Ackman puts money to work in companies with ‘formidable barriers to entry and a compelling value proposition’ and which usually boast opportunities for improvement; common traits are high returns on capital, long-term growth trajectories, and unique and irreplaceable brands or other assets. And there is heavy emphasis on firms with strong balance sheets and exceptional management teams. As an activist, Pershing often works directly with company management to unlock value.
Investors should be aware that the portfolio is super-concentrated, running between eight to 12 core positions and with Ackman typically generating one to three new ideas per year.
Pershing Square’s unwavering focus on the best businesses Ackman can find has served shareholders exceptionally well during the pandemic. As he explained in Pershing Square Holdings’ annual report, 2020 proved an excellent year for the portfolio’s companies.
‘The well capitalized (capitalised), high-quality, durable growth companies that represent nearly all of our holdings comfortably weathered the Covid-19 storm. Each has executed initiatives that have and will likely lead to greater market share, improved long-term profitability, and the acceleration of shareholder value creation.’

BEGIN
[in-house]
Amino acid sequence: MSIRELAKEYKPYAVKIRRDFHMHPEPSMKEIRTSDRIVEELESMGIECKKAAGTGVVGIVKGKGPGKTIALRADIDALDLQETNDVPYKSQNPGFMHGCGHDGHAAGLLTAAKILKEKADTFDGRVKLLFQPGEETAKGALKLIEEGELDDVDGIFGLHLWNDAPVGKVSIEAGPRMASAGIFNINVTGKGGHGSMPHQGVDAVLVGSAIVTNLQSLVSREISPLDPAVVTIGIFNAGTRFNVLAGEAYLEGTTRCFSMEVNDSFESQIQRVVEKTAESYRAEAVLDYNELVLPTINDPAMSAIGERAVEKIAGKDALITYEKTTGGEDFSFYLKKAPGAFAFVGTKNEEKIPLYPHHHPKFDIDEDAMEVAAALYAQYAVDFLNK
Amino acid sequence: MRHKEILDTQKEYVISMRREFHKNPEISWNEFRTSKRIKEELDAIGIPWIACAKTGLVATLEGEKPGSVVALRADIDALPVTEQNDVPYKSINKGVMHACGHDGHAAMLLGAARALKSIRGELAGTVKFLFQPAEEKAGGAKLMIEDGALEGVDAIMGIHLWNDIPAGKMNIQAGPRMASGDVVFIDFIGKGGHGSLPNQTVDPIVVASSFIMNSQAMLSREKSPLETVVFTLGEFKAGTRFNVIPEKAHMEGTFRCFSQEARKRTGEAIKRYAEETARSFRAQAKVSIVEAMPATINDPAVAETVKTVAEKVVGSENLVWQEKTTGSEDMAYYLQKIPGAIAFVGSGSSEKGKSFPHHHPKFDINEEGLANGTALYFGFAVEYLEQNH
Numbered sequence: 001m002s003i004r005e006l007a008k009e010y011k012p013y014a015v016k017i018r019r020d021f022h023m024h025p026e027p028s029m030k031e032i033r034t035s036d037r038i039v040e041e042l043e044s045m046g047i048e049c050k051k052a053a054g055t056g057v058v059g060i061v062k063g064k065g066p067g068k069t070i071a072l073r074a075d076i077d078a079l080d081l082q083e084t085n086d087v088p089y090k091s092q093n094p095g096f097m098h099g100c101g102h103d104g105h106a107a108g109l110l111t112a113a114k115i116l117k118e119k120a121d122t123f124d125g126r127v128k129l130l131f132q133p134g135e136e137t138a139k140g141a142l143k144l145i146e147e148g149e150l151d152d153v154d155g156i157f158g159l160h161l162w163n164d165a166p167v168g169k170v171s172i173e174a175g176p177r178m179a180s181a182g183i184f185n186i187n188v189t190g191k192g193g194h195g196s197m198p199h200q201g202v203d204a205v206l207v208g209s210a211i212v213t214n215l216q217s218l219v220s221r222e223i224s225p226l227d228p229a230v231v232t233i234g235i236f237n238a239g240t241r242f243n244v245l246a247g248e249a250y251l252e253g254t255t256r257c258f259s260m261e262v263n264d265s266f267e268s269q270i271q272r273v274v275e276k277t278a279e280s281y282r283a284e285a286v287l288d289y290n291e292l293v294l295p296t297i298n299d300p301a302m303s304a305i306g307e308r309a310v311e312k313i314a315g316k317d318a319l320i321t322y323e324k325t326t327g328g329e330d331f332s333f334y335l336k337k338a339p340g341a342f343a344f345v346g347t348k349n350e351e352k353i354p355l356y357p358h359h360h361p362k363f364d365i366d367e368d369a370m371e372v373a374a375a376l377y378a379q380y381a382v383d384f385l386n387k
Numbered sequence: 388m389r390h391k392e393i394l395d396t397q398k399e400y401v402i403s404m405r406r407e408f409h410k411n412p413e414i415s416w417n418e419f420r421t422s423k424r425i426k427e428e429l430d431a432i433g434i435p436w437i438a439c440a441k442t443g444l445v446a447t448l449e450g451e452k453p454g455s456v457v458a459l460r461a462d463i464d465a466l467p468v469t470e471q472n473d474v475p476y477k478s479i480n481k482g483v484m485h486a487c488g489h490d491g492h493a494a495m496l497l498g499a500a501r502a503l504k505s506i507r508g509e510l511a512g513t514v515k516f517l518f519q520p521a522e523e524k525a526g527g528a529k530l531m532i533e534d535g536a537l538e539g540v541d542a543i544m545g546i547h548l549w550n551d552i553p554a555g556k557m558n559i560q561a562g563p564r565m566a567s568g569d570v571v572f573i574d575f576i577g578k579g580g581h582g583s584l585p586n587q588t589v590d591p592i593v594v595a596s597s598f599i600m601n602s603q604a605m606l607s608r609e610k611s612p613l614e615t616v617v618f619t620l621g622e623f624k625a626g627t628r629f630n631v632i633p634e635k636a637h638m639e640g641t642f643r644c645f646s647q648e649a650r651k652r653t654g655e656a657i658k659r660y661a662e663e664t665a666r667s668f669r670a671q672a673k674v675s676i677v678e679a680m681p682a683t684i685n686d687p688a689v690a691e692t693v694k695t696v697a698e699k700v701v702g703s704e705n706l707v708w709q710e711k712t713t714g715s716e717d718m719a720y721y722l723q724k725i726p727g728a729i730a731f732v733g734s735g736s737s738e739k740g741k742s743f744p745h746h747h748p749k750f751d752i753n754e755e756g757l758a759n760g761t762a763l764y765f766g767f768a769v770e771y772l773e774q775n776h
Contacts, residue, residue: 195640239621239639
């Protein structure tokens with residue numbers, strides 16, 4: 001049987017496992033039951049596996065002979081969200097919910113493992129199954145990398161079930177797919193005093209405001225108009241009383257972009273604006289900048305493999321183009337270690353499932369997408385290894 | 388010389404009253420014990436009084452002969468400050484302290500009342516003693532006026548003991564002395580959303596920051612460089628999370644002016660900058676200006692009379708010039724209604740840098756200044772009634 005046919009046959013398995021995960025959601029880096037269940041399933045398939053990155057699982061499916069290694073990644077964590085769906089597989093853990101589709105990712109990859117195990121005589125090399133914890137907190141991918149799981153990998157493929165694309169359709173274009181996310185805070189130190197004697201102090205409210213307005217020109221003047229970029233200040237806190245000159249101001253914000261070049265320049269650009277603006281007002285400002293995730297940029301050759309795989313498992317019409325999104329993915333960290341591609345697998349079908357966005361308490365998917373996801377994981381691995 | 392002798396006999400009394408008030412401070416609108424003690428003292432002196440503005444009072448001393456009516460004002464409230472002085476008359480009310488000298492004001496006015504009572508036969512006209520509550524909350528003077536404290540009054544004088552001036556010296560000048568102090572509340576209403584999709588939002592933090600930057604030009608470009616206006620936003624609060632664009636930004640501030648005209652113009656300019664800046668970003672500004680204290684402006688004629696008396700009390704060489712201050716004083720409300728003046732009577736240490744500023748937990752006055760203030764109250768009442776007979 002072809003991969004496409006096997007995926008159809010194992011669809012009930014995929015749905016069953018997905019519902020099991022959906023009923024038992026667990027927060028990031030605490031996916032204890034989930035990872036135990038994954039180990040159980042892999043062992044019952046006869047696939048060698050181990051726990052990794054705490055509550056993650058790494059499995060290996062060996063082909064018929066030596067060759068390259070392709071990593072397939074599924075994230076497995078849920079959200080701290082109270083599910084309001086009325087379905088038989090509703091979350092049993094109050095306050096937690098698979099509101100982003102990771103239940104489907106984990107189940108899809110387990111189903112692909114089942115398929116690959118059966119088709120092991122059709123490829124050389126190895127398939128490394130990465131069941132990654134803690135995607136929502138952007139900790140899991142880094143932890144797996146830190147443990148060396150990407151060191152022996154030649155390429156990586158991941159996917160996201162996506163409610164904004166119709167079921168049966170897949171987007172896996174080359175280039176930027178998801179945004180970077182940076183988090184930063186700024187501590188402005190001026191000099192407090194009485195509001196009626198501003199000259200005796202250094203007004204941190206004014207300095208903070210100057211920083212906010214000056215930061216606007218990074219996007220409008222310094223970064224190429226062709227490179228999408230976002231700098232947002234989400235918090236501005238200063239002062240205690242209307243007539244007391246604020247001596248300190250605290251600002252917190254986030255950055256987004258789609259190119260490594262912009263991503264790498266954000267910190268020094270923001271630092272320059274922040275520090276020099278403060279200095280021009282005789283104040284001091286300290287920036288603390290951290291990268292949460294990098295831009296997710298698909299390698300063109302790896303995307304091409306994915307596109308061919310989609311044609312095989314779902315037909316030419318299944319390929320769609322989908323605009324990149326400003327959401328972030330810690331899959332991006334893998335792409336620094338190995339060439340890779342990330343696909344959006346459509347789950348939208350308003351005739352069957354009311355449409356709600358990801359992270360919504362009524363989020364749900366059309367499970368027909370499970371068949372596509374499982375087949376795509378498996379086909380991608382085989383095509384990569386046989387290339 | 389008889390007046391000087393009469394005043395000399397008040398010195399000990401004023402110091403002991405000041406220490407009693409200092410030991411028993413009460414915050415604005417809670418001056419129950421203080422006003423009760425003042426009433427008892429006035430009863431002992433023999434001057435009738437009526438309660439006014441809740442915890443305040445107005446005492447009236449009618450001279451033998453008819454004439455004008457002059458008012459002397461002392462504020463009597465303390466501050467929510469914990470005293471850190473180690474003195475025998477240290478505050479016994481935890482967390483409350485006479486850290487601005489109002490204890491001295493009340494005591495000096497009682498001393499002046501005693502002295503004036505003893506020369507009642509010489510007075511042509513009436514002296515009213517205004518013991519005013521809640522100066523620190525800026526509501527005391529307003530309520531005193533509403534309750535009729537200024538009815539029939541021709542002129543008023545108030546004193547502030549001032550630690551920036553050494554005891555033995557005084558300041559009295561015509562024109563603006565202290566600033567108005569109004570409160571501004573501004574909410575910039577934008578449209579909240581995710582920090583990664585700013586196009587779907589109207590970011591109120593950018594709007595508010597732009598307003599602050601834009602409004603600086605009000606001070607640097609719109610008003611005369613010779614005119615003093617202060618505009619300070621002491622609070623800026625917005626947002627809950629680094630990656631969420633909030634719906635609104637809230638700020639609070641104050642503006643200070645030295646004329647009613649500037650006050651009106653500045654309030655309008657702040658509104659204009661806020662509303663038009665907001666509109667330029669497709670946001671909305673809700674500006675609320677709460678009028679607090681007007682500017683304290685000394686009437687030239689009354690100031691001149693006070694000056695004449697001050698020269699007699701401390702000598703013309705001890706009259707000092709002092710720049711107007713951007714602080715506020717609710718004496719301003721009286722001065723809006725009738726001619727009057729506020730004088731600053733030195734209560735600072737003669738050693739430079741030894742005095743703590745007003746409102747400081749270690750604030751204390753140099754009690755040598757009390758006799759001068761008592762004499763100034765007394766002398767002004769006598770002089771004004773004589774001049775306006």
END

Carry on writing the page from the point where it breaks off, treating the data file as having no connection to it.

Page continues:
Pershing Square’s priority is always to protect its investors, including pension funds and private investors, from losing money, and last year, canny investor Ackman made $2.6 billion on a bet designed to protect Pershing Square from falling stock markets triggered by the pandemic.
PHILOSOPHY AND PROCESS
In the annual report, Ackman also provided some insights into his philosophy and process. ‘We have always believed that the common stocks of even the best businesses can trade at almost any price for brief periods.
‘And it is this volatility - often driven by a disappointing short-term event, missed expectations, macro factors, political events, shareholder frustration with management and/or governance, that has enabled us to acquire large minority stakes in great businesses at bargain prices,’ he explained.
‘In light of the nature of our strategy, and our long-term track record for effectuating corporate change, we have often been able to obtain influence over our portfolio holdings that is similar to that of a control shareholder, but without the need to pay a control premium.
‘This aspect of our strategy has given us the best of both worlds, that is, the ability to own great businesses as an important and influential shareholder, and the occasional opportunity to purchase them at bargain prices in the stock market.’
PASSING MUSTER WITH THE MASTER